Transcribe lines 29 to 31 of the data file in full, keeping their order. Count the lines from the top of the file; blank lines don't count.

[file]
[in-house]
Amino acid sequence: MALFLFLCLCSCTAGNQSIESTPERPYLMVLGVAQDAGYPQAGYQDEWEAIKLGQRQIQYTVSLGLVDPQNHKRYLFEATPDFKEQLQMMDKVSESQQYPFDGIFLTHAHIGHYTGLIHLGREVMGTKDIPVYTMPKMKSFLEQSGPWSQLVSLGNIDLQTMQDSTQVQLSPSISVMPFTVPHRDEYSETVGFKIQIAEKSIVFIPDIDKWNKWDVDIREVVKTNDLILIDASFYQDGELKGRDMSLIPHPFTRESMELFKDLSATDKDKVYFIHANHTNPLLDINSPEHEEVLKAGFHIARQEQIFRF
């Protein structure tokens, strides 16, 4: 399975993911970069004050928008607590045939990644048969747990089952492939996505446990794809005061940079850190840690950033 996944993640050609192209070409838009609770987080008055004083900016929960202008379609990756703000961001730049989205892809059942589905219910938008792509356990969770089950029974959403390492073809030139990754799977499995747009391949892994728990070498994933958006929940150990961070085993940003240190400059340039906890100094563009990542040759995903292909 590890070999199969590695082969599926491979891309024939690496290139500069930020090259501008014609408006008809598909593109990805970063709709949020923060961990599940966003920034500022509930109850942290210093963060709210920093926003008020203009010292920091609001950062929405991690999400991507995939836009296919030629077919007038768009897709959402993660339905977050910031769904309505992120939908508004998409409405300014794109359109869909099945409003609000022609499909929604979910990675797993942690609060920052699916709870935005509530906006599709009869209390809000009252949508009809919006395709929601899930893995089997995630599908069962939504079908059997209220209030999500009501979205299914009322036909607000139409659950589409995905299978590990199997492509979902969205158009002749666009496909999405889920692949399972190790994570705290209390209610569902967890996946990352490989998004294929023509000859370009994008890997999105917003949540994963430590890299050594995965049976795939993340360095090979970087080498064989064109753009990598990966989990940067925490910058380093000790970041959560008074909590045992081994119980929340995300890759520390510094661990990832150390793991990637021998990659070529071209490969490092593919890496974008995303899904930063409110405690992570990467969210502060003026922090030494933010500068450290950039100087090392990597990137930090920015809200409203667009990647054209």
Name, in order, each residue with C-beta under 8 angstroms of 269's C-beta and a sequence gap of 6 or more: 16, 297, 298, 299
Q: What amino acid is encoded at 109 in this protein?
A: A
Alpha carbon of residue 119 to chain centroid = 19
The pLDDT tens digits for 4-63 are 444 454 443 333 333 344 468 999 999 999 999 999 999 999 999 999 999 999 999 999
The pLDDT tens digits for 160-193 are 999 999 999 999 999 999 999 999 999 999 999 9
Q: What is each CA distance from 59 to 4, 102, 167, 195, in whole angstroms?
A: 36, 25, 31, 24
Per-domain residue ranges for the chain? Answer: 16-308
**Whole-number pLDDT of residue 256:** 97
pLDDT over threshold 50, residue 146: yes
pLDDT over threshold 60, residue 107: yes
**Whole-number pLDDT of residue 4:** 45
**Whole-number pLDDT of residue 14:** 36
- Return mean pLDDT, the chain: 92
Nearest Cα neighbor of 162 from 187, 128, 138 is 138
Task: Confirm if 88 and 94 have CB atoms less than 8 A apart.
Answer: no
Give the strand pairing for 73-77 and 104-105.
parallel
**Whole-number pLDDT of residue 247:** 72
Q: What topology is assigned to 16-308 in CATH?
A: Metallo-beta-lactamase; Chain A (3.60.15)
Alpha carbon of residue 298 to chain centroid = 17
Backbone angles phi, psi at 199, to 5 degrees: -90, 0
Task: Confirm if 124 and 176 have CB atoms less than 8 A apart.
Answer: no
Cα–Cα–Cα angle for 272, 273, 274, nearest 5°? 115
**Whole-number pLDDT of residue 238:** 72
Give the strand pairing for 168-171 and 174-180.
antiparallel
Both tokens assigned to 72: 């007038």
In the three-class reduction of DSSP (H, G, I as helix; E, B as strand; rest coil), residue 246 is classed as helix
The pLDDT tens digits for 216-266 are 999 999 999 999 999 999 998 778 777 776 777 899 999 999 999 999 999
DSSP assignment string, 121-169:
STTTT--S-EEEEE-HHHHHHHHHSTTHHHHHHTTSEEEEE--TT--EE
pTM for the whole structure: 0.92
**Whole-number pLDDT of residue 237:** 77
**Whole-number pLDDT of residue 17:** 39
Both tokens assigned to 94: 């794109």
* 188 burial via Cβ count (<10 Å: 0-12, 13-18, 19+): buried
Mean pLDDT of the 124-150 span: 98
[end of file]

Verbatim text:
Task: Confirm if 124 and 176 have CB atoms less than 8 A apart.
Answer: no
Cα–Cα–Cα angle for 272, 273, 274, nearest 5°? 115